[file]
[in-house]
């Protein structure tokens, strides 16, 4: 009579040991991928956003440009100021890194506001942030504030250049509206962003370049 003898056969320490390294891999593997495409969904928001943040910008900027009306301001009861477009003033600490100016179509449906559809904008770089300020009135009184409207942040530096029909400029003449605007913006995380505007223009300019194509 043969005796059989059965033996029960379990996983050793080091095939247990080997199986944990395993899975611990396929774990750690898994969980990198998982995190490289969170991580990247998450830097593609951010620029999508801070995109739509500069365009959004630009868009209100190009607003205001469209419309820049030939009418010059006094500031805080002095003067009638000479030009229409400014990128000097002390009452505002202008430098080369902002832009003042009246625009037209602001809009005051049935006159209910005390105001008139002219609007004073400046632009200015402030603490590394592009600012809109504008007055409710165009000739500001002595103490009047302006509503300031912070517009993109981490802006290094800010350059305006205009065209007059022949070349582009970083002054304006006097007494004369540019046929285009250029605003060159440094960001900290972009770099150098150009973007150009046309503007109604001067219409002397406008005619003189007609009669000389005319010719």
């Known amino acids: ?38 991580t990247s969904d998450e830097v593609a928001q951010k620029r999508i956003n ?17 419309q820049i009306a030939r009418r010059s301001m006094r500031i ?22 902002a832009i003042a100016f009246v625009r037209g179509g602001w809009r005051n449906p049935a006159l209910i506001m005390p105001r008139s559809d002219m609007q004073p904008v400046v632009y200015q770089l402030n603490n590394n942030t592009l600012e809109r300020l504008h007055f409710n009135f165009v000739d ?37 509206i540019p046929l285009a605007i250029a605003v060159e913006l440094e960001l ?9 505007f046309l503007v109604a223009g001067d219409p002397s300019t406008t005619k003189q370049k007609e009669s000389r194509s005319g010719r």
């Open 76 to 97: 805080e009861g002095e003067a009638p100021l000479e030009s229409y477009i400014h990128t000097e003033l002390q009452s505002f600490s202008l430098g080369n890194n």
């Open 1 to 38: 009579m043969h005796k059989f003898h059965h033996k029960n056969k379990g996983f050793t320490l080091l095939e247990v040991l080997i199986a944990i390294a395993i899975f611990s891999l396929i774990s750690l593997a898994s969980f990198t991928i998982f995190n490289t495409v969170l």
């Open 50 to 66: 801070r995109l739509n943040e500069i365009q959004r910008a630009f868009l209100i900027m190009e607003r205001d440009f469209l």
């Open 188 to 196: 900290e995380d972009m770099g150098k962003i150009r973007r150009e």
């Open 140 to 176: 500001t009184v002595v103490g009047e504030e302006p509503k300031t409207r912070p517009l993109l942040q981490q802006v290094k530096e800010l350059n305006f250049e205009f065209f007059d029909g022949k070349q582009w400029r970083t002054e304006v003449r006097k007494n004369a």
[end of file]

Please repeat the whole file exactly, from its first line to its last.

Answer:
[in-house]
């Protein structure tokens, strides 16, 4: 009579040991991928956003440009100021890194506001942030504030250049509206962003370049 003898056969320490390294891999593997495409969904928001943040910008900027009306301001009861477009003033600490100016179509449906559809904008770089300020009135009184409207942040530096029909400029003449605007913006995380505007223009300019194509 043969005796059989059965033996029960379990996983050793080091095939247990080997199986944990395993899975611990396929774990750690898994969980990198998982995190490289969170991580990247998450830097593609951010620029999508801070995109739509500069365009959004630009868009209100190009607003205001469209419309820049030939009418010059006094500031805080002095003067009638000479030009229409400014990128000097002390009452505002202008430098080369902002832009003042009246625009037209602001809009005051049935006159209910005390105001008139002219609007004073400046632009200015402030603490590394592009600012809109504008007055409710165009000739500001002595103490009047302006509503300031912070517009993109981490802006290094800010350059305006205009065209007059022949070349582009970083002054304006006097007494004369540019046929285009250029605003060159440094960001900290972009770099150098150009973007150009046309503007109604001067219409002397406008005619003189007609009669000389005319010719």
């Known amino acids: ?38 991580t990247s969904d998450e830097v593609a928001q951010k620029r999508i956003n ?17 419309q820049i009306a030939r009418r010059s301001m006094r500031i ?22 902002a832009i003042a100016f009246v625009r037209g179509g602001w809009r005051n449906p049935a006159l209910i506001m005390p105001r008139s559809d002219m609007q004073p904008v400046v632009y200015q770089l402030n603490n590394n942030t592009l600012e809109r300020l504008h007055f409710n009135f165009v000739d ?37 509206i540019p046929l285009a605007i250029a605003v060159e913006l440094e960001l ?9 505007f046309l503007v109604a223009g001067d219409p002397s300019t406008t005619k003189q370049k007609e009669s000389r194509s005319g010719r």
């Open 76 to 97: 805080e009861g002095e003067a009638p100021l000479e030009s229409y477009i400014h990128t000097e003033l002390q009452s505002f600490s202008l430098g080369n890194n």
């Open 1 to 38: 009579m043969h005796k059989f003898h059965h033996k029960n056969k379990g996983f050793t320490l080091l095939e247990v040991l080997i199986a944990i390294a395993i899975f611990s891999l396929i774990s750690l593997a898994s969980f990198t991928i998982f995190n490289t495409v969170l």
């Open 50 to 66: 801070r995109l739509n943040e500069i365009q959004r910008a630009f868009l209100i900027m190009e607003r205001d440009f469209l």
């Open 188 to 196: 900290e995380d972009m770099g150098k962003i150009r973007r150009e």
């Open 140 to 176: 500001t009184v002595v103490g009047e504030e302006p509503k300031t409207r912070p517009l993109l942040q981490q802006v290094k530096e800010l350059n305006f250049e205009f065209f007059d029909g022949k070349q582009w400029r970083t002054e304006v003449r006097k007494n004369a």